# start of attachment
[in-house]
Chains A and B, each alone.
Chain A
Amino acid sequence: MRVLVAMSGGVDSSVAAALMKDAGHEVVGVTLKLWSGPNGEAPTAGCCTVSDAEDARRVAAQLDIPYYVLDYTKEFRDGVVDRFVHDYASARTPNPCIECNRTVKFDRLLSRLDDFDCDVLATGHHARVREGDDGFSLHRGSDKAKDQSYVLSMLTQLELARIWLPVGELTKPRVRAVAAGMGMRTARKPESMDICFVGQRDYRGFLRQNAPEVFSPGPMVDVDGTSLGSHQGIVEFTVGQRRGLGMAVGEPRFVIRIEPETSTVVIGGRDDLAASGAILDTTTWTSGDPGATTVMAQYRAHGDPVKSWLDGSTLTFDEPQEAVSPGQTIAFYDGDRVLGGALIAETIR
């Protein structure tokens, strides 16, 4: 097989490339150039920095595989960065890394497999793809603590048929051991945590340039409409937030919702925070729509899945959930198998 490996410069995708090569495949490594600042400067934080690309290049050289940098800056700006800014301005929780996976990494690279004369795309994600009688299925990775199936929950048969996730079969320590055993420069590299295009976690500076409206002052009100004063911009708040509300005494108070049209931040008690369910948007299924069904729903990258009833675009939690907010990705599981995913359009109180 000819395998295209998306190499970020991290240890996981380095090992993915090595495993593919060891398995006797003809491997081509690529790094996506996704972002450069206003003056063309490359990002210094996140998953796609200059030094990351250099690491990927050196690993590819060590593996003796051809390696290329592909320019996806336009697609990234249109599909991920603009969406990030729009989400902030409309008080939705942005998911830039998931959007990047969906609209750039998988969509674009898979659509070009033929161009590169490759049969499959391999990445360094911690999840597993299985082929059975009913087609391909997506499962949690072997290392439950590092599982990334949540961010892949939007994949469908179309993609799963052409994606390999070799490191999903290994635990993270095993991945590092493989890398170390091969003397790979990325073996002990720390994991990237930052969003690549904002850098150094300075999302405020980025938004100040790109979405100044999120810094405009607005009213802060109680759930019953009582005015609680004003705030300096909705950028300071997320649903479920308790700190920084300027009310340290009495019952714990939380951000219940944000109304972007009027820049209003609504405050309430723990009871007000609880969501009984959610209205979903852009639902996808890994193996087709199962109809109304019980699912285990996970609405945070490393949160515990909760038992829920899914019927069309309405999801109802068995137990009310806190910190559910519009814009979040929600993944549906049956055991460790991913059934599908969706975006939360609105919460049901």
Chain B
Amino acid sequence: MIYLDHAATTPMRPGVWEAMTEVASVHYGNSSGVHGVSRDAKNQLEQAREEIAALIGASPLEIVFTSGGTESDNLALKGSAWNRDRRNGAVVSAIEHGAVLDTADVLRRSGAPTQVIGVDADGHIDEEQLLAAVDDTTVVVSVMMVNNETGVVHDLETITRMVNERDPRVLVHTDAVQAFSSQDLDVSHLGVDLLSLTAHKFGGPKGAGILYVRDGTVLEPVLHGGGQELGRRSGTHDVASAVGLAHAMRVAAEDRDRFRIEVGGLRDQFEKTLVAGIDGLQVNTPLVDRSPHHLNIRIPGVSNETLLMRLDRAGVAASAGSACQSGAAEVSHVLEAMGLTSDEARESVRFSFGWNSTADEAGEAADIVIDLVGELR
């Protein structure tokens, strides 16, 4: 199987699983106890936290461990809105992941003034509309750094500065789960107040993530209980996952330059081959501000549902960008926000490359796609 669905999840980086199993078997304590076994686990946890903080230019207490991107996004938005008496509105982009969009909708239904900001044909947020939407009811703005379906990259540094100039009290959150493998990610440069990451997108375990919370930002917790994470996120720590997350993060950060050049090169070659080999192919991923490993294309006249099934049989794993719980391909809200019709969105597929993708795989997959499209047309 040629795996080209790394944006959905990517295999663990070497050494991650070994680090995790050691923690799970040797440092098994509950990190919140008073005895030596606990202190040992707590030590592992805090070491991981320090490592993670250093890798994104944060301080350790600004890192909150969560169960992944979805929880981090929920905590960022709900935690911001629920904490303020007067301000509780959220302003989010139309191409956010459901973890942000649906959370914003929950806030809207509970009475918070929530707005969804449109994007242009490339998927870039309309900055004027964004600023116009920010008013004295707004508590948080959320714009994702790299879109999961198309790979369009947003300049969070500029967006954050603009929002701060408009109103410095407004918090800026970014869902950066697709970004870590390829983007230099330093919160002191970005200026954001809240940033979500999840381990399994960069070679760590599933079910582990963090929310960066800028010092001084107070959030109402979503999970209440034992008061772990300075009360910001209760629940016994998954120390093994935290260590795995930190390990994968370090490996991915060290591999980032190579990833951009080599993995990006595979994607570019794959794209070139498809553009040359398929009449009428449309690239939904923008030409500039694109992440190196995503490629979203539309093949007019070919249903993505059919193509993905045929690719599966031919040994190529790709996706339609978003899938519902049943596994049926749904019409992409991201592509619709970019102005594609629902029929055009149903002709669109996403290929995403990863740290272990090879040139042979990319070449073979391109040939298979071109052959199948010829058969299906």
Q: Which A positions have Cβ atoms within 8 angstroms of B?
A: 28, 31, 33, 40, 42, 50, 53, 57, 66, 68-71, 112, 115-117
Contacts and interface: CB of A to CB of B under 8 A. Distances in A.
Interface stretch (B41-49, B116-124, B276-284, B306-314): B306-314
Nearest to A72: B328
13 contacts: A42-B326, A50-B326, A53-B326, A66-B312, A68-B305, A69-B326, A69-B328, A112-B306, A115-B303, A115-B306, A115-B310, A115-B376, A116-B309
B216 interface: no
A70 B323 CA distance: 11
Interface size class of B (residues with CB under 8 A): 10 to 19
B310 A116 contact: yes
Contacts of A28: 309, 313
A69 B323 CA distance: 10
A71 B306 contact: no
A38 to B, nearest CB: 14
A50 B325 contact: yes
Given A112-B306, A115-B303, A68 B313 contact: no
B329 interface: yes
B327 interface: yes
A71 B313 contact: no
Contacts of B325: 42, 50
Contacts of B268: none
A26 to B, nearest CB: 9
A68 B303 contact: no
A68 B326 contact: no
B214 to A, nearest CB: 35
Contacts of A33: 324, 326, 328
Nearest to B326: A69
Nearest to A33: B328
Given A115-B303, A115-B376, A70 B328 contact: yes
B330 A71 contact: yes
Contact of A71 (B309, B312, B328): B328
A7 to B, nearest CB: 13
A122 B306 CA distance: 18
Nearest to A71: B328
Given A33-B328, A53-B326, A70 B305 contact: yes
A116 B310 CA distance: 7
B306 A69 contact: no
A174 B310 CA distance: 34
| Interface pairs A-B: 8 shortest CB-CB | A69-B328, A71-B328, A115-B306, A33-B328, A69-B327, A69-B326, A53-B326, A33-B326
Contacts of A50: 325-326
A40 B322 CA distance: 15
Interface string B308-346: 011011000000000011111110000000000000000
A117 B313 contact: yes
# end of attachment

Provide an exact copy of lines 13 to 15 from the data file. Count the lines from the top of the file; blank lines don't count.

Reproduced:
Nearest to A72: B328
13 contacts: A42-B326, A50-B326, A53-B326, A66-B312, A68-B305, A69-B326, A69-B328, A112-B306, A115-B303, A115-B306, A115-B310, A115-B376, A116-B309
B216 interface: no